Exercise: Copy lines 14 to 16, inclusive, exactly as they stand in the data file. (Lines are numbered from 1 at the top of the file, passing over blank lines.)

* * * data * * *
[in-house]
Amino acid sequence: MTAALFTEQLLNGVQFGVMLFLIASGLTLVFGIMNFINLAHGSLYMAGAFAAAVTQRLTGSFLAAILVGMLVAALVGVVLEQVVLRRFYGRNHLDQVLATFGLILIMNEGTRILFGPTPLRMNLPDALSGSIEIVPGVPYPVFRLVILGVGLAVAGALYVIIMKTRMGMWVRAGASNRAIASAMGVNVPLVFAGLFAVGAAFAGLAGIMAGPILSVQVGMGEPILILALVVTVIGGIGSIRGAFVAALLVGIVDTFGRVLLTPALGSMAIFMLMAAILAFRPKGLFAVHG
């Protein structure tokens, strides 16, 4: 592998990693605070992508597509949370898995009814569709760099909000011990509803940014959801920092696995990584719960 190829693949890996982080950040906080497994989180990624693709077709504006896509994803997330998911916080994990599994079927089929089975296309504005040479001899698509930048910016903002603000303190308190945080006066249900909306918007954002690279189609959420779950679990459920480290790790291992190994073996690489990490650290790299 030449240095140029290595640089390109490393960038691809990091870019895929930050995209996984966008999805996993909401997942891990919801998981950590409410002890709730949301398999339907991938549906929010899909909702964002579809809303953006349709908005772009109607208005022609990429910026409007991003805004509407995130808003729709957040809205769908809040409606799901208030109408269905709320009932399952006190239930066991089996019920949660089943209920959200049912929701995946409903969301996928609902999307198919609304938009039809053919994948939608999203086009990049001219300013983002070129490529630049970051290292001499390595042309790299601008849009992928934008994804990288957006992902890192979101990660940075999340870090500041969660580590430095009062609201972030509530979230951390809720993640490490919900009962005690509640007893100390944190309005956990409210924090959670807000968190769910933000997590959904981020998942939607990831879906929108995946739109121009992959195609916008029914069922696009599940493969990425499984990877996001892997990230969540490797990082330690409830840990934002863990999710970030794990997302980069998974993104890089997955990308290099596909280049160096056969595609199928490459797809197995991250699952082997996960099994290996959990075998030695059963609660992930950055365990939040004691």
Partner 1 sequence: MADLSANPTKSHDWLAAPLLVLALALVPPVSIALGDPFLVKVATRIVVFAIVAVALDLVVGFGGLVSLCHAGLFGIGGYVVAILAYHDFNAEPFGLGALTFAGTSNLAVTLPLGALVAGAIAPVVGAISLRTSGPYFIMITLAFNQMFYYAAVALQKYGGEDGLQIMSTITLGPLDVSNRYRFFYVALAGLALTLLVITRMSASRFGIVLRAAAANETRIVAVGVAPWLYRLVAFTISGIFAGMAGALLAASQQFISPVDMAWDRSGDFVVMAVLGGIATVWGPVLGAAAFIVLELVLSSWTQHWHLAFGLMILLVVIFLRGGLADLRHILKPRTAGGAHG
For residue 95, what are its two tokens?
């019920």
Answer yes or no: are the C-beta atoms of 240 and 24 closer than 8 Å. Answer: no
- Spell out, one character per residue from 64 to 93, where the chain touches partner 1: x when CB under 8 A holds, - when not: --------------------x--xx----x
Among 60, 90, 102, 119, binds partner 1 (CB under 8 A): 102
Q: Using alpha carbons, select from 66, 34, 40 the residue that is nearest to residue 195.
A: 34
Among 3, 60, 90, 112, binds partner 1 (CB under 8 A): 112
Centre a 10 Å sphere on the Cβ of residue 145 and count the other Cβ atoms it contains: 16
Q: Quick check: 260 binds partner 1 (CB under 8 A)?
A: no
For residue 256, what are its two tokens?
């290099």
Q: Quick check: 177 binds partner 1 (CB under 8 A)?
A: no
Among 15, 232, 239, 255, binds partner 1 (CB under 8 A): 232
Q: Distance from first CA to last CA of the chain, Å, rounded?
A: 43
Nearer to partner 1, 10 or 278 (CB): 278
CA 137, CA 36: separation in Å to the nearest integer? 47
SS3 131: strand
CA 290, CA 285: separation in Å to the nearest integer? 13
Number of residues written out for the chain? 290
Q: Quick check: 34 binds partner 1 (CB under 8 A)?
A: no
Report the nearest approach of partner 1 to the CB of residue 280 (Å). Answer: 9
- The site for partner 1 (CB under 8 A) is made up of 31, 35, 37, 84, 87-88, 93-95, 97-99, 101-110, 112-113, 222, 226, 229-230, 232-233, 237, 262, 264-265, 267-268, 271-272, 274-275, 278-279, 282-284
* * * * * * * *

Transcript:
Q: Quick check: 260 binds partner 1 (CB under 8 A)?
A: no
For residue 256, what are its two tokens?